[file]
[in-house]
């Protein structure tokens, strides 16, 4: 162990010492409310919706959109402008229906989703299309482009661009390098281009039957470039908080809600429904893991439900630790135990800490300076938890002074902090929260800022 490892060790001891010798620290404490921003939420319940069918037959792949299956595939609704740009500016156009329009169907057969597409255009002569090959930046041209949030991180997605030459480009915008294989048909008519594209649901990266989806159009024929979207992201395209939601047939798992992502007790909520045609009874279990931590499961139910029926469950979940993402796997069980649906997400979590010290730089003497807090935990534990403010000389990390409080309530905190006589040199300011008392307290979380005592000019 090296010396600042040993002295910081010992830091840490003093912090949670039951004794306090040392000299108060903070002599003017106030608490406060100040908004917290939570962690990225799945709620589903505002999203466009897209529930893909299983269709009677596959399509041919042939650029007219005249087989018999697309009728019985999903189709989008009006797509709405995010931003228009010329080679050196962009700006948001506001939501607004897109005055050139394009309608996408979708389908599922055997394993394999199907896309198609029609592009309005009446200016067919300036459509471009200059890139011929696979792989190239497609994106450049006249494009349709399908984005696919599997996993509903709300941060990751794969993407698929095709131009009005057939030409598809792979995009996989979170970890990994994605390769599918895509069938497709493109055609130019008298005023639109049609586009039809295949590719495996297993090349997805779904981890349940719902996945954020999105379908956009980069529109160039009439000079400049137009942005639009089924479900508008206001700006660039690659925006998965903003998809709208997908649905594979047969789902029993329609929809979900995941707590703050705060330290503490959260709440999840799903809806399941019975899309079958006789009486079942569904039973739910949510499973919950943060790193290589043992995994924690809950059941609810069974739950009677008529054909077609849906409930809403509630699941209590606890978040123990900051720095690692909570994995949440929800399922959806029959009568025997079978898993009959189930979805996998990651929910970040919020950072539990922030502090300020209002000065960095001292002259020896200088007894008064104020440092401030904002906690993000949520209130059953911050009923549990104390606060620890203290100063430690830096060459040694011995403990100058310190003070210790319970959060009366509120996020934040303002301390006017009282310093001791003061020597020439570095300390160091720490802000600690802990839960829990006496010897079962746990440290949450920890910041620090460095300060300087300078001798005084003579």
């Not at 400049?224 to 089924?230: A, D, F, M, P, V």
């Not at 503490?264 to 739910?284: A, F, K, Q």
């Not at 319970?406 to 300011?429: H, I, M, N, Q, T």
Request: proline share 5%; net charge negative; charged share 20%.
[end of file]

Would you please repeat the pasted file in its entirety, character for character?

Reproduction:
[in-house]
């Protein structure tokens, strides 16, 4: 162990010492409310919706959109402008229906989703299309482009661009390098281009039957470039908080809600429904893991439900630790135990800490300076938890002074902090929260800022 490892060790001891010798620290404490921003939420319940069918037959792949299956595939609704740009500016156009329009169907057969597409255009002569090959930046041209949030991180997605030459480009915008294989048909008519594209649901990266989806159009024929979207992201395209939601047939798992992502007790909520045609009874279990931590499961139910029926469950979940993402796997069980649906997400979590010290730089003497807090935990534990403010000389990390409080309530905190006589040199300011008392307290979380005592000019 090296010396600042040993002295910081010992830091840490003093912090949670039951004794306090040392000299108060903070002599003017106030608490406060100040908004917290939570962690990225799945709620589903505002999203466009897209529930893909299983269709009677596959399509041919042939650029007219005249087989018999697309009728019985999903189709989008009006797509709405995010931003228009010329080679050196962009700006948001506001939501607004897109005055050139394009309608996408979708389908599922055997394993394999199907896309198609029609592009309005009446200016067919300036459509471009200059890139011929696979792989190239497609994106450049006249494009349709399908984005696919599997996993509903709300941060990751794969993407698929095709131009009005057939030409598809792979995009996989979170970890990994994605390769599918895509069938497709493109055609130019008298005023639109049609586009039809295949590719495996297993090349997805779904981890349940719902996945954020999105379908956009980069529109160039009439000079400049137009942005639009089924479900508008206001700006660039690659925006998965903003998809709208997908649905594979047969789902029993329609929809979900995941707590703050705060330290503490959260709440999840799903809806399941019975899309079958006789009486079942569904039973739910949510499973919950943060790193290589043992995994924690809950059941609810069974739950009677008529054909077609849906409930809403509630699941209590606890978040123990900051720095690692909570994995949440929800399922959806029959009568025997079978898993009959189930979805996998990651929910970040919020950072539990922030502090300020209002000065960095001292002259020896200088007894008064104020440092401030904002906690993000949520209130059953911050009923549990104390606060620890203290100063430690830096060459040694011995403990100058310190003070210790319970959060009366509120996020934040303002301390006017009282310093001791003061020597020439570095300390160091720490802000600690802990839960829990006496010897079962746990440290949450920890910041620090460095300060300087300078001798005084003579």
């Not at 400049?224 to 089924?230: A, D, F, M, P, V």
């Not at 503490?264 to 739910?284: A, F, K, Q």
């Not at 319970?406 to 300011?429: H, I, M, N, Q, T």
Request: proline share 5%; net charge negative; charged share 20%.